SBA's 8(a) program. The application was false and misleading, in that it:

a. Failed to disclose, as was required, the affiliation between Karda and SEK;

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b. Failed to disclose, as was required, the fact that SEK had provided financial

support, office space, and equipment to Karda; and

c. Falsely stated that Conspirator-3 devoted 80 hours per week to the management of

Karda, when he in fact did not.

55. On or about July 14, 2010, Villanueva sent a letter, on his official House of

Delegates letterhead, to the SBA in support of Karda's 8(a) application. It stated, in part: "I

am writing in recommendation of Karda Systems LLC,owned and operated by Virginia Beach

native [Conspirator-3]." The letter was false and misleading, in that Villanueva knew that he

and Conspirator-1 were the ones truly operating Karda, not Conspirator-3.

56. On or about January 14,2011, Conspirator-3 submitted a business plan for Karda

to the SBA that was false and misleading. For example, it stated:

a. "I,[Conspirator-3], have the major responsibility for marketing, financial

management, scheduling, cost estimates, bid and proposal development, quality

control, and day to day project management oversight." This was false.

Conspirator-3 had little to no control over most or all ofthese functions.

b. "[Conspirator-3] has full and complete oversight of all contracts." This, too, was

false. Conspirator-3 had practically no insight into Karda's contracting business.

57. On or about July 7, 2011, an employee at SEK emailed Villanueva and others

regarding proposed edits to the website for Karda, seeking Villanueva's input. In response,

Villanueva directed the employee to "TAKE OUT ALL REFERENCES TO SEK ASAP!!!!!\"

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58. Villanueva ghost-wrote communications on Conspirator-3's behalffor

Conspirator-3 to send to the SBA. For example:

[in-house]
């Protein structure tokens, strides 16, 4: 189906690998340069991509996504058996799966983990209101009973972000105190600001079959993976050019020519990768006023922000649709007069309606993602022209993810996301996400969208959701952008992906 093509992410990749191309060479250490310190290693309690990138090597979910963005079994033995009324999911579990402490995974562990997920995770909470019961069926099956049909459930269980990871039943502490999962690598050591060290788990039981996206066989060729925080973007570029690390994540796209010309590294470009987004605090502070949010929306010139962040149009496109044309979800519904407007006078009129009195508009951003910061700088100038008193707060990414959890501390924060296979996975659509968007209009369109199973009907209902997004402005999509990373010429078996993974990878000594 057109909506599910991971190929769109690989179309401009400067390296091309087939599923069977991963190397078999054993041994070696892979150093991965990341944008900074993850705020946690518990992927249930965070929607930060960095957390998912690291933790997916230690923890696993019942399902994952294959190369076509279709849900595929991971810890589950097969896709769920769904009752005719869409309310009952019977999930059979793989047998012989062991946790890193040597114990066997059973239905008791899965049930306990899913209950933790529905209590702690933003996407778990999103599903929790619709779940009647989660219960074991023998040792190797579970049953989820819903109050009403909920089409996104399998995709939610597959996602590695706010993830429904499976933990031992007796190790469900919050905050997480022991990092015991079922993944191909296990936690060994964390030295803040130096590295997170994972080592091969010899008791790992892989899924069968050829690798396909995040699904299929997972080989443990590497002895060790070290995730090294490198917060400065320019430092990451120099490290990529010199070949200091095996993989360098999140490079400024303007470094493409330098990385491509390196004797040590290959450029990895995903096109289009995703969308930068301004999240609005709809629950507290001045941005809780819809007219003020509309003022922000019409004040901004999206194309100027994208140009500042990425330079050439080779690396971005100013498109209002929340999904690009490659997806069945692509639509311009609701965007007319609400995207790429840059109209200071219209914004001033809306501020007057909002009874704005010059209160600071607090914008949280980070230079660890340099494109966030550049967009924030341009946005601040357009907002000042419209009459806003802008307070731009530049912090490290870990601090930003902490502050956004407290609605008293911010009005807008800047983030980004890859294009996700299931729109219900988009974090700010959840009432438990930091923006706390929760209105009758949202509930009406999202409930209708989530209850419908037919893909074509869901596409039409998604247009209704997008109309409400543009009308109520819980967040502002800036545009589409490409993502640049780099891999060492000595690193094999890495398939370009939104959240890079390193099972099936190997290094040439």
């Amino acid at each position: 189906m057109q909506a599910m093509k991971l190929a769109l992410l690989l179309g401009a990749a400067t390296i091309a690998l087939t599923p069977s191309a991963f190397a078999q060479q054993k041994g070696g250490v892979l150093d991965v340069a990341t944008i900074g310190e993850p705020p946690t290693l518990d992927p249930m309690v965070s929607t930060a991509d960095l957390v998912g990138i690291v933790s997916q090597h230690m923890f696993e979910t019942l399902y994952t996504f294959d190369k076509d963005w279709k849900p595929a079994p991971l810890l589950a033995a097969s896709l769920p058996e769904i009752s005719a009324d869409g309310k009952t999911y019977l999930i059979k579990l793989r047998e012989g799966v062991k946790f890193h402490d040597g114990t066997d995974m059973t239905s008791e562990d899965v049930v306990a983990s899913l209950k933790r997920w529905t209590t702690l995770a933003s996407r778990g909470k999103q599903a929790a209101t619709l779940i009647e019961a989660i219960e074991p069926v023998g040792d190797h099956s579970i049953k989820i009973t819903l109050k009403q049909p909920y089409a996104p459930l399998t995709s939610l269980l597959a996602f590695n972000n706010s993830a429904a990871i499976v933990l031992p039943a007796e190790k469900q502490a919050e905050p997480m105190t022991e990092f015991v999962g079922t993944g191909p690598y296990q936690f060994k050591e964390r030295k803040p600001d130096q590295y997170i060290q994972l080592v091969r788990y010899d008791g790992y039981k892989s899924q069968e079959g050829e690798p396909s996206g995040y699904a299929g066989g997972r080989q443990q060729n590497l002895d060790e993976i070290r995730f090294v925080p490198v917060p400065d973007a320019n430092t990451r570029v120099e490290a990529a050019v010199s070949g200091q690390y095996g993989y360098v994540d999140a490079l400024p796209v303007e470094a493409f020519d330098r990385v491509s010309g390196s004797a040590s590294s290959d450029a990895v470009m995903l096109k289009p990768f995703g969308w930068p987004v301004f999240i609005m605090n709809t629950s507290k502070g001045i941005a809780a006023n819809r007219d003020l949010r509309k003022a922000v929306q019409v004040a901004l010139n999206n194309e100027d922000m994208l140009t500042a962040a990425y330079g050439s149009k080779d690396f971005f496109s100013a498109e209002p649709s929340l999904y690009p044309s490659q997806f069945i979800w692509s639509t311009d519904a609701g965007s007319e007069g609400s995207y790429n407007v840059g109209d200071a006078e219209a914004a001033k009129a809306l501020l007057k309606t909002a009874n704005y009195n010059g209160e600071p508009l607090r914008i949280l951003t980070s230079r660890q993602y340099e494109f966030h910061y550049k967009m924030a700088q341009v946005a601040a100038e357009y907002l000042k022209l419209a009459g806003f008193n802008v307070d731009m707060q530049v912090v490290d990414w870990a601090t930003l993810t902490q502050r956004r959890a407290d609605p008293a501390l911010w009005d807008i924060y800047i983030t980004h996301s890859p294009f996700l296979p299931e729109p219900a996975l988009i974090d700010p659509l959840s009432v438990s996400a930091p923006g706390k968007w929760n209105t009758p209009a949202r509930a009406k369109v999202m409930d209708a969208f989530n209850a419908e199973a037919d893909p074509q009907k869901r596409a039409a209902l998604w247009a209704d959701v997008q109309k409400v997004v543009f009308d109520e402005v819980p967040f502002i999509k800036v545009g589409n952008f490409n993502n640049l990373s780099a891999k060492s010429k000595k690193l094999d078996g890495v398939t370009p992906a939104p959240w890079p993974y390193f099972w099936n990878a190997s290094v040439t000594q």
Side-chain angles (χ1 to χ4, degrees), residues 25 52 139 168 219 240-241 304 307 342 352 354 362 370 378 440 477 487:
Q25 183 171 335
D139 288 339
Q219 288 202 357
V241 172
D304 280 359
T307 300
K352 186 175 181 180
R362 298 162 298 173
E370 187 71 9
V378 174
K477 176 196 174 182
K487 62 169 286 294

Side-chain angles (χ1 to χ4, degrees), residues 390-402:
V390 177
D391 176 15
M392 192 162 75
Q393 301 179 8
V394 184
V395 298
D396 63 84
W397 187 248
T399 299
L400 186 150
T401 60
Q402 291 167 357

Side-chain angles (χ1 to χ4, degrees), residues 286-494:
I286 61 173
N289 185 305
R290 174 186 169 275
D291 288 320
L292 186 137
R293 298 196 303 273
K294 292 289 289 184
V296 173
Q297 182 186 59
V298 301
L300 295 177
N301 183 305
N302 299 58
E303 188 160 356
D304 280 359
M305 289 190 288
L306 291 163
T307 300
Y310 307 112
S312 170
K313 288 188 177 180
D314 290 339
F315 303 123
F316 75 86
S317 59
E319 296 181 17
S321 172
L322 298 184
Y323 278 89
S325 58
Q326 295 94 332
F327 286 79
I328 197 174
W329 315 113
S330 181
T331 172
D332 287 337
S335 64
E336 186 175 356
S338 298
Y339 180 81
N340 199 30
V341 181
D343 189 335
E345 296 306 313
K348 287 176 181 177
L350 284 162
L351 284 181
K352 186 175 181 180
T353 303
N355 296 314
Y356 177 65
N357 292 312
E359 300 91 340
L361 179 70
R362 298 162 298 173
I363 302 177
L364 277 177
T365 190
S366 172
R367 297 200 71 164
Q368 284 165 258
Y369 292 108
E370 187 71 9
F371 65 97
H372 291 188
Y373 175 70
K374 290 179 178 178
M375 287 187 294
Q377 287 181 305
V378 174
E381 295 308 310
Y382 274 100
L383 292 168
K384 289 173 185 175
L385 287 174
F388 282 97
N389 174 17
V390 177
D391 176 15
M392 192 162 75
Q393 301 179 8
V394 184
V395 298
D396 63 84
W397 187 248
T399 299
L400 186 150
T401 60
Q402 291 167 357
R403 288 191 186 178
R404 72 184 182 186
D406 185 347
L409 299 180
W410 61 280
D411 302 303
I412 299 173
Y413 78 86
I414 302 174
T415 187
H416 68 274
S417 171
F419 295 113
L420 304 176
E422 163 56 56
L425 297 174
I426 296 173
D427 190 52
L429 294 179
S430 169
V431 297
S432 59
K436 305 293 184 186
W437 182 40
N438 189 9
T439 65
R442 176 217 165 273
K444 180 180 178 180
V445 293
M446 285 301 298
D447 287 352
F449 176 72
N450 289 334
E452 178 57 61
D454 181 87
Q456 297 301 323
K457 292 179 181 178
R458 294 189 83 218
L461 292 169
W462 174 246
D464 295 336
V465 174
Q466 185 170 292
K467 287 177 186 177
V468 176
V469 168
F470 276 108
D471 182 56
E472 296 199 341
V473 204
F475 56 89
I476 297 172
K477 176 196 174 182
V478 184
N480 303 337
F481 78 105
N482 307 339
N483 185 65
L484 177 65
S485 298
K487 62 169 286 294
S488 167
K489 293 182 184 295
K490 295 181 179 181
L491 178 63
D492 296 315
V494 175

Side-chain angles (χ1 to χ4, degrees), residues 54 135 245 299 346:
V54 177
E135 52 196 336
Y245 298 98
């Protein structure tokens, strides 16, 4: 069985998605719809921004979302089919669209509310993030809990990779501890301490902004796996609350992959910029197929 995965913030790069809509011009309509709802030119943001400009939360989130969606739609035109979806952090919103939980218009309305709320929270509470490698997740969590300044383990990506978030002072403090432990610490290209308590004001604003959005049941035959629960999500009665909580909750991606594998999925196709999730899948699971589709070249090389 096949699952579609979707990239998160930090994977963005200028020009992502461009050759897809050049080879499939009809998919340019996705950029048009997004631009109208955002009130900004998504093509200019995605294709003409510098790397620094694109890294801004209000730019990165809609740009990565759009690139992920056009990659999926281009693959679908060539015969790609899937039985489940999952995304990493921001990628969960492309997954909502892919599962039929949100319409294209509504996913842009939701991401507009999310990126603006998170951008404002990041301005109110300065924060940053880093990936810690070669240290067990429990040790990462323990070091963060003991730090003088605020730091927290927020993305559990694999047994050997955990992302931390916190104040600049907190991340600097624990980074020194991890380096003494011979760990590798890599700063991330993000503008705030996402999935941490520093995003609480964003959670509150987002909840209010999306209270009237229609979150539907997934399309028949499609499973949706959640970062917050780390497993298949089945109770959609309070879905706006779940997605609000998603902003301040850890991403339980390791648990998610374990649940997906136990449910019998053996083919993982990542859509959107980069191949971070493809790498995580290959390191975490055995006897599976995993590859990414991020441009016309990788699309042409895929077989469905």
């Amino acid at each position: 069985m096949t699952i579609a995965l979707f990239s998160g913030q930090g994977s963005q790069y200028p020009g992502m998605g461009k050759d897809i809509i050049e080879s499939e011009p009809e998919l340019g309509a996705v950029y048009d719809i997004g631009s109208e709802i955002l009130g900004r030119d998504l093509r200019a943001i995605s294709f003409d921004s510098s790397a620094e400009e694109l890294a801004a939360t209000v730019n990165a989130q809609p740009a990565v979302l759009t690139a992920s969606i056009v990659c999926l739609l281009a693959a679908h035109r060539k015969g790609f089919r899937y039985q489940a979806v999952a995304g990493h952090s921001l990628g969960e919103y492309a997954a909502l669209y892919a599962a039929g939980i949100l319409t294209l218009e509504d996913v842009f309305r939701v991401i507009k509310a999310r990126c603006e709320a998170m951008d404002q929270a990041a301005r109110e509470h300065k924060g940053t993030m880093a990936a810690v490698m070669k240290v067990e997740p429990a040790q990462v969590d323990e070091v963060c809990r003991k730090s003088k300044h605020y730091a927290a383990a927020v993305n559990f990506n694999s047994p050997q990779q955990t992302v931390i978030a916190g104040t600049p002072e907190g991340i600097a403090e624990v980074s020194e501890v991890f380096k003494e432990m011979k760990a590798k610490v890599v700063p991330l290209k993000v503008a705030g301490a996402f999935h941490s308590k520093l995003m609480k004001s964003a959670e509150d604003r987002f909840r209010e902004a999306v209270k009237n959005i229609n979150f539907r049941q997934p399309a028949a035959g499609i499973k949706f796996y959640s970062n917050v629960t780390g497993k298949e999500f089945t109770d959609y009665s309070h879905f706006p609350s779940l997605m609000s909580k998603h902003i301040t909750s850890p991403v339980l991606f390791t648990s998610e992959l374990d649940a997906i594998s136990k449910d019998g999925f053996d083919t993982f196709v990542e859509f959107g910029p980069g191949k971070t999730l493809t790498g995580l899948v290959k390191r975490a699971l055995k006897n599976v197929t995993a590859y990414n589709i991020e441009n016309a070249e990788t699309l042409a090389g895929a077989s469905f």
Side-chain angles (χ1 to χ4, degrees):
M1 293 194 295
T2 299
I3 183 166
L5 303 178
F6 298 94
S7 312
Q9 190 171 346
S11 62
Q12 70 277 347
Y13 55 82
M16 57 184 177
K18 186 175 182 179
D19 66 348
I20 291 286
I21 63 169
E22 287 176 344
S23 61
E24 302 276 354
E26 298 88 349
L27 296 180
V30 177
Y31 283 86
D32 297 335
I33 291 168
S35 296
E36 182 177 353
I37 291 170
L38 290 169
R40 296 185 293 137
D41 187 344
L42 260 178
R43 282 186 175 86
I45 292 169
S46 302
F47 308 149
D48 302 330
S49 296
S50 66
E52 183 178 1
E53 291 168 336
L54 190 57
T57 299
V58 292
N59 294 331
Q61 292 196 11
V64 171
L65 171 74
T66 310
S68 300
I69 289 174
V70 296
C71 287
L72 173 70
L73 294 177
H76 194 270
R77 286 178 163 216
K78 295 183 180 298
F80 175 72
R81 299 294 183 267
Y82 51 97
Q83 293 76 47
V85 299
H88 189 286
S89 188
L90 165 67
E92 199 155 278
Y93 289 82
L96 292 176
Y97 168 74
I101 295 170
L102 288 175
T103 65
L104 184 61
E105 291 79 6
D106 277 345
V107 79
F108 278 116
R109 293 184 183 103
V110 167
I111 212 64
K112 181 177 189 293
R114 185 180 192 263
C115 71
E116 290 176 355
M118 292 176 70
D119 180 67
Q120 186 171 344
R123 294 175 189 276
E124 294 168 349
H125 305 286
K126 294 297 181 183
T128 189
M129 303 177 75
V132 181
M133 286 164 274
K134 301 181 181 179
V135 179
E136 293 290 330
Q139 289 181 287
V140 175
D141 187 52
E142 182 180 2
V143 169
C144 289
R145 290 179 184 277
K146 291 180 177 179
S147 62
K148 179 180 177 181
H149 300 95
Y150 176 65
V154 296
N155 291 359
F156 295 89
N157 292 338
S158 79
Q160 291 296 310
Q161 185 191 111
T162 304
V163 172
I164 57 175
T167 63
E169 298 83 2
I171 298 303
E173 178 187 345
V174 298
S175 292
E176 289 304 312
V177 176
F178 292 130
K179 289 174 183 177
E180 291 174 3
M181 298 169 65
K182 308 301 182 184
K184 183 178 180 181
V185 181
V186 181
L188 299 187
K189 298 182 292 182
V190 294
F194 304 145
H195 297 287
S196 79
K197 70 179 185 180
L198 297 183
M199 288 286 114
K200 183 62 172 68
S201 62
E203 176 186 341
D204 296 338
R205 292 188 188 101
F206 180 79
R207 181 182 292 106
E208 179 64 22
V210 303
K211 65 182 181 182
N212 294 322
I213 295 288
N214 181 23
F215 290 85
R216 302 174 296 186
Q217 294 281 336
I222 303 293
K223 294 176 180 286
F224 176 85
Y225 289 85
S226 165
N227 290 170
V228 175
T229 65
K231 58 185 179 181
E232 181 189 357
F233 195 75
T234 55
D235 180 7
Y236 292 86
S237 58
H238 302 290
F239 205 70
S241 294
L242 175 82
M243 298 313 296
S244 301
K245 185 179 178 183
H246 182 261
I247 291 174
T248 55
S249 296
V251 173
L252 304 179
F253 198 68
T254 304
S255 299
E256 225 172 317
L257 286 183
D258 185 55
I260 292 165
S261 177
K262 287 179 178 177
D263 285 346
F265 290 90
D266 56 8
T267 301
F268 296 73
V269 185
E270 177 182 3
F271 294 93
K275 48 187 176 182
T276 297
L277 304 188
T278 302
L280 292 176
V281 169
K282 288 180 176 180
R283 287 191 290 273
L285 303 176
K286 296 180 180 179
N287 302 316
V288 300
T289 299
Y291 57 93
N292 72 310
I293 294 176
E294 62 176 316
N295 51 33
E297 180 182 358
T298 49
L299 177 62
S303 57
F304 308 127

a. On or about January 17, 2012, Villanueva drafted a letter for Conspirator-3 to

send to the SBA regarding Karda's 8(a) annual report.

b. On or about March 26,2012, Villanueva drafted an email for Conspirator-3 to

send to the SBA regarding the requirement to send audited financial statements to

the SBA as part of Karda's compliance with the 8(a) program.

59. On or about April 19, 2013, Conspirator-2 sent a letter from SEK to the SBA.

SEK's letter contained numerous false, fictitious, and fraudulent statements relating to control

over the company, including:

a. "I [Conspirator-2] am the final decision maker of my company's operations and

finances, and am fully involved in the everyday operation of my firm." This was

false. Conspirator-2 had ceased to be involved in SEK's everyday operations as

early as 2006.

b. "I [Conspirator-2] commute weekly to Virginia Beach to run SEK Solutions."

This was false. Conspirator-2 did not regularly commute to Virginia Beach, and

when Conspirator-2 did travel to Virginia Beach it was not to run SEK but to

spend time with Conspirator-1.

c. "All final decisions are made by me and include finances, company strategy and

mission, hiring and firing of personnel, and operations." This was false. In

reality. Conspirator-1 and Villanueva handled most or all ofthese functions and